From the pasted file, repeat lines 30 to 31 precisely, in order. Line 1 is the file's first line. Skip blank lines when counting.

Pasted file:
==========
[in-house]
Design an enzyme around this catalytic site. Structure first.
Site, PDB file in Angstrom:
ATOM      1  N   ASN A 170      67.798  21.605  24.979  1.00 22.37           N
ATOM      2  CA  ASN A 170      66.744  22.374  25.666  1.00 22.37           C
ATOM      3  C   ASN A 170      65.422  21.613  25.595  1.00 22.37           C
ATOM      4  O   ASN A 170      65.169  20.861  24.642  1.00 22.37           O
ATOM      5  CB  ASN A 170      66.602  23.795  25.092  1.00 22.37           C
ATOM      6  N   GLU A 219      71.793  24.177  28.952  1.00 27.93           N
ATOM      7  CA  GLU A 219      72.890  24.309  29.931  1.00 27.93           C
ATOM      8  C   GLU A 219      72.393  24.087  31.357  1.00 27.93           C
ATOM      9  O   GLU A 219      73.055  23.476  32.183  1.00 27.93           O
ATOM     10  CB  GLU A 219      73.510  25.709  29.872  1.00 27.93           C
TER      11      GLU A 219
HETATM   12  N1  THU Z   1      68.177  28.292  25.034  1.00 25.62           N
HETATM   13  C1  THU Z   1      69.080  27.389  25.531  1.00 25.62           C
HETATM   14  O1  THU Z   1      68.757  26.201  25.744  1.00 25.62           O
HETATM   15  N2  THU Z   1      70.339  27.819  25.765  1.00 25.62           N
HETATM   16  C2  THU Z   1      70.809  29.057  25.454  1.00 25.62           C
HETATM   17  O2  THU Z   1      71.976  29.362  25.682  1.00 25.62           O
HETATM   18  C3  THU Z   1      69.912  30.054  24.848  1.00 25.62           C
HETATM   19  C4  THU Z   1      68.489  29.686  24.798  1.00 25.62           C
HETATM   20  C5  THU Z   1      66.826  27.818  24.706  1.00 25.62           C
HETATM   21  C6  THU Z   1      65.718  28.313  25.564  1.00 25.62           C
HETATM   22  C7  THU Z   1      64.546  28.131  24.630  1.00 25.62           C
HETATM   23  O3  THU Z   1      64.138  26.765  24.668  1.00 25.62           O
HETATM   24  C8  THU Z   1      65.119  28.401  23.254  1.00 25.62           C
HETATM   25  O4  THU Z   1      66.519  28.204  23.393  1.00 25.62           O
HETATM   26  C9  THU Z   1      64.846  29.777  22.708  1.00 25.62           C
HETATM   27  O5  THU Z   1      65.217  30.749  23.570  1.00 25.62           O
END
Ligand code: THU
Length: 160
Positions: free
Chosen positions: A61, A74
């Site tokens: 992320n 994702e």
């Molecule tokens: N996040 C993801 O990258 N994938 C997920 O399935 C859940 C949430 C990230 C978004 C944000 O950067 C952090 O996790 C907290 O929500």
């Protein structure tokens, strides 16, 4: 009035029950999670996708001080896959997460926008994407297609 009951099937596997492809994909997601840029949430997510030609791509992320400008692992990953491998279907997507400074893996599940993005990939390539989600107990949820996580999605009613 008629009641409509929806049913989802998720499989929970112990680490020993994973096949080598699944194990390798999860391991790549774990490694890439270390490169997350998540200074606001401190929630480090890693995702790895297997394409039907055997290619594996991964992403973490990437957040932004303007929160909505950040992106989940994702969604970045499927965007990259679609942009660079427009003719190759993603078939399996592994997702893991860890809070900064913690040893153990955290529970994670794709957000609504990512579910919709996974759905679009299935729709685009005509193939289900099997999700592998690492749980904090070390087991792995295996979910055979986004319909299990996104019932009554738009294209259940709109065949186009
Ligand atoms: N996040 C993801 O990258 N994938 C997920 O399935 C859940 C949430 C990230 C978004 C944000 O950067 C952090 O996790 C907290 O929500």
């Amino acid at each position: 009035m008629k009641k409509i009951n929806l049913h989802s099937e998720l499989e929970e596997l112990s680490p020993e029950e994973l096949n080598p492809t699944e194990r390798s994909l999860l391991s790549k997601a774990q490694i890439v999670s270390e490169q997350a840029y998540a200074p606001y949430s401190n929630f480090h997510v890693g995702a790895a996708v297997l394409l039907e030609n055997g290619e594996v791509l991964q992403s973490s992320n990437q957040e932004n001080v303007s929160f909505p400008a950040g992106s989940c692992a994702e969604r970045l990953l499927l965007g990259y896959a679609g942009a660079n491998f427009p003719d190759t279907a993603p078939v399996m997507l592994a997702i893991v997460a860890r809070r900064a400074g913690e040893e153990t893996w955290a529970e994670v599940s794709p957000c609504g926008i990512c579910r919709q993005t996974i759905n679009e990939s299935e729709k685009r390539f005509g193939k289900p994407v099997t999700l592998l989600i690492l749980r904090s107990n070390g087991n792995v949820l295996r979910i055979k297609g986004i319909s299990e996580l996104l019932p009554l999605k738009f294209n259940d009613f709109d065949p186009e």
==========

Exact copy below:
HETATM   27  O5  THU Z   1      65.217  30.749  23.570  1.00 25.62           O
END